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The diversion proposed by Denver would boost its take of water from the Fraser Valley to 80 per cent. But for that to happen, the city needs more storage, to be achieved with expansion of Gross Reservoir, west of Boulder, a college town in the Denver metro area.

Boulder County commissioners, who must give the dam expansion a permit, refused last week, pending a decision on exactly what Denver will do to mitigate the impacts of its added diversions from the Winter Park area.

"We hear you loud and clear about the Western Slope and the issues with the Colorado River," said Cindy Domenico, chair of the Boulder County commissioners.

Of course, Boulder County gets much of its water from the Western Slope, too.

The final resolution of this story will likely be told when terms of mitigation for this project are announced by the federal permitting agency, the U.S. Army Corps of Engineers.

Regulating chopper use in Aspen-Snowmass area

ASPEN, Colo. — Pitkin County commissioners are mulling how to regulate use of helicopters for commercial flying in unincorporated areas.

The Aspen Times reports that commissioners are looking at a simple process for permitting of low-impact photo shoots and film products. County planners estimate that four or five such shoots occur annually.

For now, at least, the commissioners aren't touching regulations that would govern the use of drones for use in photographing real estate being marketed for sale.


TRUCKEE, Calif. — Using biomass to create electricity has proven very difficult in mountain towns of the West. Despite the enormous numbers of dead and drying trees, commercial developers have found obstacles at every turn.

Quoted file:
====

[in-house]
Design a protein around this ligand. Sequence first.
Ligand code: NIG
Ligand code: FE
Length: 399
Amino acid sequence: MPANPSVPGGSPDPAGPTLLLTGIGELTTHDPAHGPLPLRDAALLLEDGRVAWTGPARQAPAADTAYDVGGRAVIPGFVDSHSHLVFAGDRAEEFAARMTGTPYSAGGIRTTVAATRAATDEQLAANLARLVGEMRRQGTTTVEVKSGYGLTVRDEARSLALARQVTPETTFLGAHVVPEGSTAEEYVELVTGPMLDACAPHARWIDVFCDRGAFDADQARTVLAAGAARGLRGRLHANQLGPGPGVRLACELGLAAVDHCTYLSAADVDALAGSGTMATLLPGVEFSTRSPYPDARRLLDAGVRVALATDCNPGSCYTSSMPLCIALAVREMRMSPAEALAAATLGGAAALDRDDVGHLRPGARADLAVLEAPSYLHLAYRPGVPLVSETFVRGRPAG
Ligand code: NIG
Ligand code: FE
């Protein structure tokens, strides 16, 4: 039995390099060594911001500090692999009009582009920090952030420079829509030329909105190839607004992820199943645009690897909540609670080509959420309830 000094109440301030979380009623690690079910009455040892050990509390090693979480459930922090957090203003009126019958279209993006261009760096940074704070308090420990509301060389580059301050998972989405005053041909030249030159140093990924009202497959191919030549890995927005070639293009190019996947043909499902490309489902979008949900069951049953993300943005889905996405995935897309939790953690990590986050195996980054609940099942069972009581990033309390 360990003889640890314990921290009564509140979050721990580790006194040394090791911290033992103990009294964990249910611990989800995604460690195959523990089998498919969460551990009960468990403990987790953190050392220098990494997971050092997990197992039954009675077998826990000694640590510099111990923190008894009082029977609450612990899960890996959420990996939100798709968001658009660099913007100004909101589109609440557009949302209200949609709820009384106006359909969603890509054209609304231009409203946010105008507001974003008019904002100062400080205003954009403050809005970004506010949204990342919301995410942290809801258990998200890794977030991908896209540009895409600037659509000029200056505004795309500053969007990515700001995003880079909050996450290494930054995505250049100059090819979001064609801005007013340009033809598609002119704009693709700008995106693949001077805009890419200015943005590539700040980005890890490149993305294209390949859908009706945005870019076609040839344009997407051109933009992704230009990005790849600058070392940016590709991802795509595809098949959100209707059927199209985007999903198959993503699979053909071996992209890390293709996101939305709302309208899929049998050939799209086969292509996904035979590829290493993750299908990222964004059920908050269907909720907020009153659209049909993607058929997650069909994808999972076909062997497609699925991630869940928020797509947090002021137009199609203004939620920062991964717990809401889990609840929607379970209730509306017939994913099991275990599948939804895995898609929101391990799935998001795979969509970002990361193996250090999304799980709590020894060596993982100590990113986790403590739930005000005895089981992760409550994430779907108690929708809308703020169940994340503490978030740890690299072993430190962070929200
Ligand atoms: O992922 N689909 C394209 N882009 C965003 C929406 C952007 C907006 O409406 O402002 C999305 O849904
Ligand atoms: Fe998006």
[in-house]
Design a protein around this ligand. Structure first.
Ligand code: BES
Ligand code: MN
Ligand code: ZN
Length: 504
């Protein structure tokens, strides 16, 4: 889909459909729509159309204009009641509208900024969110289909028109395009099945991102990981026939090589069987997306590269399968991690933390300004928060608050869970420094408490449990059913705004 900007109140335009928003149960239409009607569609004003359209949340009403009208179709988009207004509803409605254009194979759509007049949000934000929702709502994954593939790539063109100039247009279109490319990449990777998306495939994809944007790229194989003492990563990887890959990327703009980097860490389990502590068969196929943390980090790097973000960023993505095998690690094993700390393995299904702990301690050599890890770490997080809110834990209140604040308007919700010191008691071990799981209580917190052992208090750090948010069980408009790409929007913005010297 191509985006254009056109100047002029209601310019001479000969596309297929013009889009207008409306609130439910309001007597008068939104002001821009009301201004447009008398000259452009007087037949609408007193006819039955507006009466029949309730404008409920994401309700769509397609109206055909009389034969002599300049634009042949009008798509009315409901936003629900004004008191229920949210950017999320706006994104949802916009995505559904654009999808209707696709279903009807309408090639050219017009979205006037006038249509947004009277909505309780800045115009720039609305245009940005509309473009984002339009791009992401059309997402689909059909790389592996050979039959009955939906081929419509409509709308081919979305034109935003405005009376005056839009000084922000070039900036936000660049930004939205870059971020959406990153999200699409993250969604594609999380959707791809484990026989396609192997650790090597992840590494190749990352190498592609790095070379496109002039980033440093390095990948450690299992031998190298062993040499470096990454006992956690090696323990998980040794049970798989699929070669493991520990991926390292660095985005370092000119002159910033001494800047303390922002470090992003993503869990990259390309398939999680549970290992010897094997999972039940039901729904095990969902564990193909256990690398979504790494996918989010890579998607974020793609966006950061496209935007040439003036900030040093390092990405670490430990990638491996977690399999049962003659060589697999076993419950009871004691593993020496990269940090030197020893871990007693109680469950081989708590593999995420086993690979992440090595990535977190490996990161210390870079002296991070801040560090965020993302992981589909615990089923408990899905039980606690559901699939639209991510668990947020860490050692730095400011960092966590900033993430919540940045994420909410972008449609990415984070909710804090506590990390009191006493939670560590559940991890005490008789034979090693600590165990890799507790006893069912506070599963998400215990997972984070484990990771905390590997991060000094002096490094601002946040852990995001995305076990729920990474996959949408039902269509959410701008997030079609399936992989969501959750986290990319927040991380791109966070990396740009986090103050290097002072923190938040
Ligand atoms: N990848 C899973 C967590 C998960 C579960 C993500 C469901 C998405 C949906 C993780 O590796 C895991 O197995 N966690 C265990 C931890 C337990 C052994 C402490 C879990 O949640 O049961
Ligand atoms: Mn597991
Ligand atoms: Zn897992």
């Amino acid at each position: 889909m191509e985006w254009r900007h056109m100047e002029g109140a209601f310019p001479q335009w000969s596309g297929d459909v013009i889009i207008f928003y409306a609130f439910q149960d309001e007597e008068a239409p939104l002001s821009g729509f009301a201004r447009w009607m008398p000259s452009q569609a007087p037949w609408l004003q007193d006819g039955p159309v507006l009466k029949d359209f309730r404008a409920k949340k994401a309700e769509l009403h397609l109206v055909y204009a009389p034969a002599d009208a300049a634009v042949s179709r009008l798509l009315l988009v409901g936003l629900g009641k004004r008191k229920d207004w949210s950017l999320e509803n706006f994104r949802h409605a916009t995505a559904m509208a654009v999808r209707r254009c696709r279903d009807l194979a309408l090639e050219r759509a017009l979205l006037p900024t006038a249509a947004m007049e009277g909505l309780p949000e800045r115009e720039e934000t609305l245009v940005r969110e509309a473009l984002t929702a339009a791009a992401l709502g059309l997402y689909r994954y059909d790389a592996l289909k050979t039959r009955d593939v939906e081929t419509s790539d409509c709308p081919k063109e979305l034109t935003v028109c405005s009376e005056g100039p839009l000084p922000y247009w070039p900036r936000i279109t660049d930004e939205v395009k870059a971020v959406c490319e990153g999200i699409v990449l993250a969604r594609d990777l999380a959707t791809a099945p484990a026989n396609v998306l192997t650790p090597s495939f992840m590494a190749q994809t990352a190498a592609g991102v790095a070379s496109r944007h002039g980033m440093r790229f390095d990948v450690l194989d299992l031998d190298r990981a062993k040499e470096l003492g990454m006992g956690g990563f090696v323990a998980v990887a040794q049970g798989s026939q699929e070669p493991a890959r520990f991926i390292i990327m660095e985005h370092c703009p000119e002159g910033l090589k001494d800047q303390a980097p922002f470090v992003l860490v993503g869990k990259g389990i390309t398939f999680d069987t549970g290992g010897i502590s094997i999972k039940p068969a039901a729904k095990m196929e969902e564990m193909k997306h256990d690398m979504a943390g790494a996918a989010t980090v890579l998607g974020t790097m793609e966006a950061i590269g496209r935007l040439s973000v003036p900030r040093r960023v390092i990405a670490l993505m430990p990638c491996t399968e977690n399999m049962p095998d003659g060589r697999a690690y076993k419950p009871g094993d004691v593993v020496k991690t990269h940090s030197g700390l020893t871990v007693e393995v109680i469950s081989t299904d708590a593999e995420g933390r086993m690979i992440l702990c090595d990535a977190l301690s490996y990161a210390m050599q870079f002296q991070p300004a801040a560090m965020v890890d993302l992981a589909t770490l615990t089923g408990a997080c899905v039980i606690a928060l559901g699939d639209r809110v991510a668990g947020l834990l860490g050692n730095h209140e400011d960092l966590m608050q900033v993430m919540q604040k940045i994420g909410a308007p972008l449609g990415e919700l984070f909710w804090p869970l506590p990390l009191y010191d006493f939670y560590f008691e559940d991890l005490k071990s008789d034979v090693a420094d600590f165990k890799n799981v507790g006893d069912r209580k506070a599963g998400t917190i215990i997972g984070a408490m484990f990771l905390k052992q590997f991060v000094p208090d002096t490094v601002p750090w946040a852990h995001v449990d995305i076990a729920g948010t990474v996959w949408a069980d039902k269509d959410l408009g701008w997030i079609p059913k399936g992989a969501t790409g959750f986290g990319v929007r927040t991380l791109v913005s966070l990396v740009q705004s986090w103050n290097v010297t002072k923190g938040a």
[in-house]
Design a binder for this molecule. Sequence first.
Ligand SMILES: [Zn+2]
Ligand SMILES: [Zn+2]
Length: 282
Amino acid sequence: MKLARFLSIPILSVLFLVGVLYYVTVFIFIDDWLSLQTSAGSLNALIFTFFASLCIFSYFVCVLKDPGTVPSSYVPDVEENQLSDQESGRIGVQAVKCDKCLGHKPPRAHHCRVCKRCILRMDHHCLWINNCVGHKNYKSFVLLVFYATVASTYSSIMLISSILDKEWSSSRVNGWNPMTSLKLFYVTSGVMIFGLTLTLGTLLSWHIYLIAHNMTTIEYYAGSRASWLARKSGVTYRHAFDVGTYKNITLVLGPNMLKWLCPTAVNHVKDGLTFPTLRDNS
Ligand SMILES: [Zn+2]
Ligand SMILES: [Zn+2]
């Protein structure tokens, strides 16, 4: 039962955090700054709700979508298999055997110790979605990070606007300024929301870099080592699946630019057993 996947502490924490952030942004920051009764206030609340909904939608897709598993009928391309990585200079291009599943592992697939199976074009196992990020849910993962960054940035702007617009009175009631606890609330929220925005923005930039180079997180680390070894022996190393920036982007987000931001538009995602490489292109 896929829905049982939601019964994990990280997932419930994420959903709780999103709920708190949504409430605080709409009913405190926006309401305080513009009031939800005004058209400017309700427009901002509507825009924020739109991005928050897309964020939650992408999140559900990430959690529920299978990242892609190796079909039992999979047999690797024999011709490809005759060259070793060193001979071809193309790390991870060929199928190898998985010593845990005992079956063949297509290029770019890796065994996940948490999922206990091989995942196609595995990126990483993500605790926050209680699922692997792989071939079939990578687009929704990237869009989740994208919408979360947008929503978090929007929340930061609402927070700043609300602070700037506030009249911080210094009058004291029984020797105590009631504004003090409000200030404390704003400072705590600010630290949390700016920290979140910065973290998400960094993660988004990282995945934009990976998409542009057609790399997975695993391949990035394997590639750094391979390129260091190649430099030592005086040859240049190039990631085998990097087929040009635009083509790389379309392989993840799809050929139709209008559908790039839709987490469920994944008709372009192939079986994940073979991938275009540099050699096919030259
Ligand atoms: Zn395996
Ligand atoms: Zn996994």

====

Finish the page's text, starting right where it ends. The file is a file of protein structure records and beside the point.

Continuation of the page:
In the Tahoe Basin, Placer County has been working for several years to develop the Cabin Creek Biomass Energy Facility. The facility, if completed, would draw wood from a 48-kilometre radius to create two megawatts of electricity.

The U.S. Forest Service supports the project, arguing that it would reduce the wood in the forests, thereby lessening the risk of major wildfires.

But not so fast, says the Center for Biological Diversity. "Our main concerns have to do with proper accounting of greenhouse gas emissions from biomass combustion," says senior staff attorney Kevin Bundy.

"We need to get away from fossil fuels as quickly as possible — but a lot of recent science is showing that biomass power generation can be very intensive in terms of greenhouse gas pollution," he adds. "My interest is primarily in trying to ensure that biomass carbon accounting is done as accurately as possible so that local communities can make informed decisions rather than just rely on potentially inaccurate assumptions."